Product V2 IG

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Product Brief - V2 Implementation Guides

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Product Name - V2.2 Implementation Support Guide

  • HL7-V2.2 Implementation Support Guide

Type

Releases

Summary

This document provides assistance to health care institutions, hospital information systems vendors, consultants and other support groups that are considering systems development and implementation activities in a multi-system environment using the Health Level Seven (HL7) protocol. This support guide includes the following information:

  • Planning Methodology
  • Design and Implementation Methodology
  • HL7 Transaction Checklist
  • HL7 Message Diagrams

Description

Business Case (Intended Use, Customers)

Institutions that are considering major systems development activities (e.g. comprehensive system upgrades/replacements), migration to an open systems architecture and/or integration of various clinical, financial or administrative systems with a central Hospital Information System (HIS) - and are considering HL7 as a mechanism for integrating these systems should refer to the planning component of the methodology. Institutions that have already made a decision to implement one or more HL7 interfaces in any type of an environment will also find certain information in the planning section useful, but should concentrate on the design and implementation sub-section of the implementation methodology covered in Chapter 3. HIS vendors should focus on the design and implementation sections, but may also consider reviewing the planning section as background.

Benefits

It is critical when planning for implementation of a multi-system environment that an overall systems strategy and technical architecture be established. These strategies will help guide the health care institution through critical issues such as how information technology will be utilized to support business goals and objectives, whether an HL7 approach is appropriate for your organization and what the overall technical architecture of the organization will be.

Implementations/ Case Studies (Actual Users)

The Version 2 Messaging Standard is one of the most widely implemented standards for healthcare information in the world.

  • Over 95 % of US healthcare organizations use HL7 V2.x
  • More than 35 countries have HL7 V2.x implementations

Resources

Work Groups


Education

Presentations

Relationship to/ Dependencies on, other standards

Links to current projects in development

  • none

Product Name - V2.3 Implementation Support Guide

  • HL7-V2.3 Implementation Support Guide

Type

Releases

June 1998

Summary

This document provides assistance to health care institutions, hospital information systems vendors, consultants and other support groups that are considering systems development and implementation activities in a multi-system environment using the Health Level Seven (HL7) protocol. This support guide includes the following information:

A. Planning Methodology
B. Design and Implementation Methodology
C. Overview of HL7 Version 2.2
D. Overview of HL7 Version 2.3
E. HL7 Transaction Checklist
F. HL7 Message Diagrams
G. Lower Layer Protocols
H. Helpful Hints
I. Case Studies
J. Sample Templates (RFI/RFP/Contract Points)
K. Frequently Asked Questions

Description

Business Case (Intended Use, Customers)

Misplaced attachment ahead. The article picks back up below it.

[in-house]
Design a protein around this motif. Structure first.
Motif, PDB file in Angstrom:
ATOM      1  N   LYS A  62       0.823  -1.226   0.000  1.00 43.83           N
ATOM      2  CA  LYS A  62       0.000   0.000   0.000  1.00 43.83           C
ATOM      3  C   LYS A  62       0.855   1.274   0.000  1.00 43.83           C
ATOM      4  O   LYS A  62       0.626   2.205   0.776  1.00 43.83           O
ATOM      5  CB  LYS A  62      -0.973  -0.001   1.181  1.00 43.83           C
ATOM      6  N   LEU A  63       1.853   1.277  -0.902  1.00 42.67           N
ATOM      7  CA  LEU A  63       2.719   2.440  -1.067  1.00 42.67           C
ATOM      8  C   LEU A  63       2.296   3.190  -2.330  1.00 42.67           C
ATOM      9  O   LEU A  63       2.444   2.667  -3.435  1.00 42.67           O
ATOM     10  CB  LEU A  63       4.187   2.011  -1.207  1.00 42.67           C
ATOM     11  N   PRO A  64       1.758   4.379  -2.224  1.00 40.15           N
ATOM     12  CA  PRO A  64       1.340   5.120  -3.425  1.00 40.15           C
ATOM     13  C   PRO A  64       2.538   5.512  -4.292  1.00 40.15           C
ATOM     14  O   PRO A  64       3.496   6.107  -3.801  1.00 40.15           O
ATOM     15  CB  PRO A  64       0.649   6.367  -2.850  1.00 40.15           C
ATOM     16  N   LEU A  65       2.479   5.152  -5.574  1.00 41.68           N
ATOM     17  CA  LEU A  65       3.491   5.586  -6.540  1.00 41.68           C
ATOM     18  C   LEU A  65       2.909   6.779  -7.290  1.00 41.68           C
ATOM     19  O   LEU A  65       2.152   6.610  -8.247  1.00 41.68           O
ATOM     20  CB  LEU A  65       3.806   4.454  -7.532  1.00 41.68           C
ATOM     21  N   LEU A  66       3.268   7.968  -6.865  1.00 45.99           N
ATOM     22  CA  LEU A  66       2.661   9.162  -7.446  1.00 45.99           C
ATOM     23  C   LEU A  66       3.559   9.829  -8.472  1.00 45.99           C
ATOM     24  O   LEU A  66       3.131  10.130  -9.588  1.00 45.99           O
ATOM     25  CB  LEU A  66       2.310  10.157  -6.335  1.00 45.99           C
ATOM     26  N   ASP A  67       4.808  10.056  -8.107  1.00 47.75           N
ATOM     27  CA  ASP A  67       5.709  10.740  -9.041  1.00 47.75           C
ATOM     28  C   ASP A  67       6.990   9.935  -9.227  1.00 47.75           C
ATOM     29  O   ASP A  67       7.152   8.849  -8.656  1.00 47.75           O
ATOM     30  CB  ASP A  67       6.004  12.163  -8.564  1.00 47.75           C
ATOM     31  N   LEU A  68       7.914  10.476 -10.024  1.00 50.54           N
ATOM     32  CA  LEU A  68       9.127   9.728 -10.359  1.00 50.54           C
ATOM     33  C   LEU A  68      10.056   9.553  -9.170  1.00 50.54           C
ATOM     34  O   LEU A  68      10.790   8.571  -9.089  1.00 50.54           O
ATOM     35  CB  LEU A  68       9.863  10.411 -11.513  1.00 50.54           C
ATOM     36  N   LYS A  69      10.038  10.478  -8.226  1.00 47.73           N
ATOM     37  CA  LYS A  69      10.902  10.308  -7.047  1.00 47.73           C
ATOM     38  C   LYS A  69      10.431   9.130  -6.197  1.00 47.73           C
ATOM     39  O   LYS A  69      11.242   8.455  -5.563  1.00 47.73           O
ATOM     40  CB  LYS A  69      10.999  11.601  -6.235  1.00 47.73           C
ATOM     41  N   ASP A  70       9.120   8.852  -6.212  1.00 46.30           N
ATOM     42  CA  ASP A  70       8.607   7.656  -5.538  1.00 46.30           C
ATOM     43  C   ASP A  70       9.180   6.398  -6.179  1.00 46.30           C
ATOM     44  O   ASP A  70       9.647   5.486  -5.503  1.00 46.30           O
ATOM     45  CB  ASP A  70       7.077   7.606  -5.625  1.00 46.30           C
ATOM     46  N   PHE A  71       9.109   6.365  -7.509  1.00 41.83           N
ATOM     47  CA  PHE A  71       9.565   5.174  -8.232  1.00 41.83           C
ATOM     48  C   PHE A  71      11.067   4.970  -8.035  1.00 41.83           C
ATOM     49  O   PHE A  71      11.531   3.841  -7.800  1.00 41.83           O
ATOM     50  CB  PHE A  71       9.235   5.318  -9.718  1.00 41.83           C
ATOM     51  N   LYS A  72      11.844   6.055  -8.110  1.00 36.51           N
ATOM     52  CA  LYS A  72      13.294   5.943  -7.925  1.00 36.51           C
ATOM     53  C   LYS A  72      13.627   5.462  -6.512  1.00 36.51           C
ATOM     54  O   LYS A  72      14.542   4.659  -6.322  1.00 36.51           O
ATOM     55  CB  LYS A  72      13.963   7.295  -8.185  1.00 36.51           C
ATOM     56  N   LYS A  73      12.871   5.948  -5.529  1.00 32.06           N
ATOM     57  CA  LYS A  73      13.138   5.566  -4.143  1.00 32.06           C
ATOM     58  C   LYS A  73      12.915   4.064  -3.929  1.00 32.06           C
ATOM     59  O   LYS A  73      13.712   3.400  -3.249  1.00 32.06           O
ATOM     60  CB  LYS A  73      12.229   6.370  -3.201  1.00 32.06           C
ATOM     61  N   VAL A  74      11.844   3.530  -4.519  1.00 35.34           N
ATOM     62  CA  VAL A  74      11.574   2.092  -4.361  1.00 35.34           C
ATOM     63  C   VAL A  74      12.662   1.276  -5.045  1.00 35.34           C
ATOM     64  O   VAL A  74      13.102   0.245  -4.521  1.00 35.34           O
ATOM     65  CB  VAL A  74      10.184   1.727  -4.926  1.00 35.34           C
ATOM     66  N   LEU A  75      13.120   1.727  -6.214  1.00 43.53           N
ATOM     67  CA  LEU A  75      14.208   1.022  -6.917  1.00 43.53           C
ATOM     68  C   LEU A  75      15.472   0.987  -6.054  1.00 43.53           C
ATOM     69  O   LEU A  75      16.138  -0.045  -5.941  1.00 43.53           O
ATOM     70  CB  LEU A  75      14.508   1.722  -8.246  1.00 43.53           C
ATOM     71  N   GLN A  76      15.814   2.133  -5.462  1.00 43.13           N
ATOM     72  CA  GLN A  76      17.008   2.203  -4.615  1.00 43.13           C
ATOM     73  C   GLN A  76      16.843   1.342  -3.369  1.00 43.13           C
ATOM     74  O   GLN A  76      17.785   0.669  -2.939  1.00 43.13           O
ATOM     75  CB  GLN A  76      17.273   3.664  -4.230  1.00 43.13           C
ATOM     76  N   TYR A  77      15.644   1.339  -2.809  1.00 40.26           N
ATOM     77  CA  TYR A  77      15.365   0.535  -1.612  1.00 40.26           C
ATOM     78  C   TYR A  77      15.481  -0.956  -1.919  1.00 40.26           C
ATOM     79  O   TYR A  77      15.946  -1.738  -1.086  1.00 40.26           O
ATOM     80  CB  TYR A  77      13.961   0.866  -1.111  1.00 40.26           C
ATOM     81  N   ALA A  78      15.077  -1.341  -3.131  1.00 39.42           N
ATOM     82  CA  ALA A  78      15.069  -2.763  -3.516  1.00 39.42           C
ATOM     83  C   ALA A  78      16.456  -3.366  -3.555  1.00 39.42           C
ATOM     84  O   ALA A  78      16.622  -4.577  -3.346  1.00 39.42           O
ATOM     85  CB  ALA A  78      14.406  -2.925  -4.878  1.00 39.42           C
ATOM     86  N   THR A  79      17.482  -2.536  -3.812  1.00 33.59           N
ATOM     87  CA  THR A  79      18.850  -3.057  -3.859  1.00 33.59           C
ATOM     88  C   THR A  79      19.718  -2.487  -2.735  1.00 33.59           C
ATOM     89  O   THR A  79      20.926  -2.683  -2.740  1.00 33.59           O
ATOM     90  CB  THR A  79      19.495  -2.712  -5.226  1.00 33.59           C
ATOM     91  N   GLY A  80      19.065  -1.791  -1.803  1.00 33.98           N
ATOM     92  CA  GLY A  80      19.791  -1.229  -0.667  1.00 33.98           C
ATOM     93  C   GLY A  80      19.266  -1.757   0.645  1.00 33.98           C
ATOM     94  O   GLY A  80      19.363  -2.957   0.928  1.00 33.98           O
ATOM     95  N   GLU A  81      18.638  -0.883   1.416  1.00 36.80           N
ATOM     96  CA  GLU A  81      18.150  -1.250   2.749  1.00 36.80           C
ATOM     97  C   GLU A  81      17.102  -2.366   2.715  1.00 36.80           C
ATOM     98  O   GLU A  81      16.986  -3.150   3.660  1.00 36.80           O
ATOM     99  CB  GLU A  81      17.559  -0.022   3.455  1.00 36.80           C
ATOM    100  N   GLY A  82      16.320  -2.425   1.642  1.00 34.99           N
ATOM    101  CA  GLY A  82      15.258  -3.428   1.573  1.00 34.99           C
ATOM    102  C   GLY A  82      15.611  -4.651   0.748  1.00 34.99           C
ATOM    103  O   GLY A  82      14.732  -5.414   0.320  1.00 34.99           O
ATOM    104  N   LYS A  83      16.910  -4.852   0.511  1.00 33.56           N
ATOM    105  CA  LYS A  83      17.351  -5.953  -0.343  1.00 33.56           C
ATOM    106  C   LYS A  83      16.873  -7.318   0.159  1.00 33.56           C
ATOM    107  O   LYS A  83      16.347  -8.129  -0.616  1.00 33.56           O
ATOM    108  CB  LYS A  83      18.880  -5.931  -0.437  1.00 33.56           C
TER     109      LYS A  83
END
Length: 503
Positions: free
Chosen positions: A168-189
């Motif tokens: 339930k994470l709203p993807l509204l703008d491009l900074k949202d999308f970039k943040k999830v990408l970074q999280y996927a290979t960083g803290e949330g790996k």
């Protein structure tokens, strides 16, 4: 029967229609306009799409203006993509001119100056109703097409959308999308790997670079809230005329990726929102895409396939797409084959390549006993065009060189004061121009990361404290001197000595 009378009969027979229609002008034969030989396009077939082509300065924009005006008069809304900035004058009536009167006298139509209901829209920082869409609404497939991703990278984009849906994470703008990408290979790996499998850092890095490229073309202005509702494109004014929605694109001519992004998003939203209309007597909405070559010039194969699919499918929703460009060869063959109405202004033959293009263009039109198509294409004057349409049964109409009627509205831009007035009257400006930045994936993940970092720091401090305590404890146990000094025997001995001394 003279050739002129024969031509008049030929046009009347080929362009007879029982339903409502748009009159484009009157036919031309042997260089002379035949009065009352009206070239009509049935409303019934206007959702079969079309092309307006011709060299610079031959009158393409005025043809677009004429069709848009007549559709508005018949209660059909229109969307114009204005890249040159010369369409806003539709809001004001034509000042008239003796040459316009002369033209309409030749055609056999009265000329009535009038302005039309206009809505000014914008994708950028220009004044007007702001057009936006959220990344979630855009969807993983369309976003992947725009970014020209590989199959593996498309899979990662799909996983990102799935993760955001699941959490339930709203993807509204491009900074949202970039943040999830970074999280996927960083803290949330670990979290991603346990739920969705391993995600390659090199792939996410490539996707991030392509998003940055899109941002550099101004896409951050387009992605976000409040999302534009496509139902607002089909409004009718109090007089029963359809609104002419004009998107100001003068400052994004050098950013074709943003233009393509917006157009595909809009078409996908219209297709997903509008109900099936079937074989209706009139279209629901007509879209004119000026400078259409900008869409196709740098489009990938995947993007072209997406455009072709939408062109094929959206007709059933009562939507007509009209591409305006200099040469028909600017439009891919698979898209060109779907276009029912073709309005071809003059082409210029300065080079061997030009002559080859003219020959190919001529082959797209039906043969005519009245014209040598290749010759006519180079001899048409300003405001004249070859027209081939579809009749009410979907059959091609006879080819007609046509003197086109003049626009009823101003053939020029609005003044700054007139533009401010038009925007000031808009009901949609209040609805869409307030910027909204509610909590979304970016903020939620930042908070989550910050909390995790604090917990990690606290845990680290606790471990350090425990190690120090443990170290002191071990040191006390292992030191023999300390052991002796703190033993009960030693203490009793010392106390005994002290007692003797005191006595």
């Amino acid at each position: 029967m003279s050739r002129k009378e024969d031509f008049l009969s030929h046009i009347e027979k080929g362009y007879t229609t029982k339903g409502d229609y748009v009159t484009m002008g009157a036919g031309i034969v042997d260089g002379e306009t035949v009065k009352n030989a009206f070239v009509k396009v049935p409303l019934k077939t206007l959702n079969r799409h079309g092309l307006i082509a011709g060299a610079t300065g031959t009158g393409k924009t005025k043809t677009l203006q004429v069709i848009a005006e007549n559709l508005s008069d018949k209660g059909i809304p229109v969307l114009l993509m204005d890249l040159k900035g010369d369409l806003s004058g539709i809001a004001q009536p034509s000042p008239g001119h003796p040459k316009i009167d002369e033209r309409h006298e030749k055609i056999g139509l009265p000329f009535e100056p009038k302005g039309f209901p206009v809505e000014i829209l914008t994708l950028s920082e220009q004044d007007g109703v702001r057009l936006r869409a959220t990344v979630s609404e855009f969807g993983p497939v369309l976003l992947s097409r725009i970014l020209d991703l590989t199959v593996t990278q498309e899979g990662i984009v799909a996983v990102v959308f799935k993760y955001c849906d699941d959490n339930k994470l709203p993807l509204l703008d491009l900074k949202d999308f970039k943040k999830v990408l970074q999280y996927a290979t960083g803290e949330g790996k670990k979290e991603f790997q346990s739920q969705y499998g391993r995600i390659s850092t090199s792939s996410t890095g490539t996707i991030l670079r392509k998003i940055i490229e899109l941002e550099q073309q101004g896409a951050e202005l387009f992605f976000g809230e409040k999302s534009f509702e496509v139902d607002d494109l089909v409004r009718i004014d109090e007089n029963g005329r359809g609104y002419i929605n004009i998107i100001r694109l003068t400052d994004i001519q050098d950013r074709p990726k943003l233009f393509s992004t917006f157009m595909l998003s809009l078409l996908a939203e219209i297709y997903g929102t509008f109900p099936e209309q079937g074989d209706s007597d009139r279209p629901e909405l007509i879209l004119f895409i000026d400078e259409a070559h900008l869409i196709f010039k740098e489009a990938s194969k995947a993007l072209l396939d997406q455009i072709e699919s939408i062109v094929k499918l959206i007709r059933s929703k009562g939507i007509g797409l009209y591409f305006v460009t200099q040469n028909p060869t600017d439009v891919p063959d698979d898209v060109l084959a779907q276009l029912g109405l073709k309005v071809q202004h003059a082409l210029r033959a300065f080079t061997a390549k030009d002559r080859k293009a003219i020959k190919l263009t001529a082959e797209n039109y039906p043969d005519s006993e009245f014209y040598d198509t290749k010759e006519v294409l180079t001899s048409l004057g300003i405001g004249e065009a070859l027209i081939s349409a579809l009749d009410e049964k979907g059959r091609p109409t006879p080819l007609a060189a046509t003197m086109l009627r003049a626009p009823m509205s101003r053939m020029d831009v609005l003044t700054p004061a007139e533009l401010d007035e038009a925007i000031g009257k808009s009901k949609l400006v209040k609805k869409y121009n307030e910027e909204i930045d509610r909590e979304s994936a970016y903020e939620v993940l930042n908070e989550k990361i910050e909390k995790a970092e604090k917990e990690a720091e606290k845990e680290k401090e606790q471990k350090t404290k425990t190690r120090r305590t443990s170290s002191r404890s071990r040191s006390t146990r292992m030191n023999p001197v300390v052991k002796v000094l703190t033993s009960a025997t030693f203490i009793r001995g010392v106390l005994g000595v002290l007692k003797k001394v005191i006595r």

Institutions that are considering major systems development activities (e.g. comprehensive system upgrades/replacements), migration to an open systems architecture and/or integration of various clinical, financial or administrative systems with a central Hospital Information System (HIS) - and are considering HL7 as a mechanism for integrating these systems should refer to the planning component of the methodology. Institutions that have already made a decision to implement one or more HL7 interfaces in any type of an environment will also find certain information in the planning section useful, but should concentrate on the design and implementation sub-section of the implementation methodology covered in Chapter 3. HIS vendors should focus on the design and implementation sections, but may also consider reviewing the planning section as background.

Benefits

It is critical when planning for implementation of a multi-system environment that an overall systems strategy and technical architecture be established. These strategies will help guide the health care institution through critical issues such as how information technology will be utilized to support business goals and objectives, whether an HL7 approach is appropriate for your organization and what the overall technical architecture of the organization will be.

Implementations/ Case Studies (Actual Users)

The Version 2 Messaging Standard is one of the most widely implemented standards for healthcare information in the world. The HL7 Standard is intended to standardize data interchanges, not the underlying applications systems. This means that there will be a wide variety in the manner in which the Standard is applied in different institutions.

  • Over 95 % of US healthcare organisations use HL7 V2.x
  • More than 35 countries have HL7 V2.x implementations

Resources

Work Groups


Education

Presentations

Relationship to/ Dependencies on, other standards

  • The Working Group has given considerable attention to the relationship of the HL7 protocol and other protocols. A considerable liaison effort has been made with ACR/NEMA DICOM, X12, ASTM 1238.88 Laboratory Data Reporting, NCPDP, IEEE P1157 (“MEDIX”).

Links to current projects in development

  • none

Product Name - V2.3.1 Implementation Guide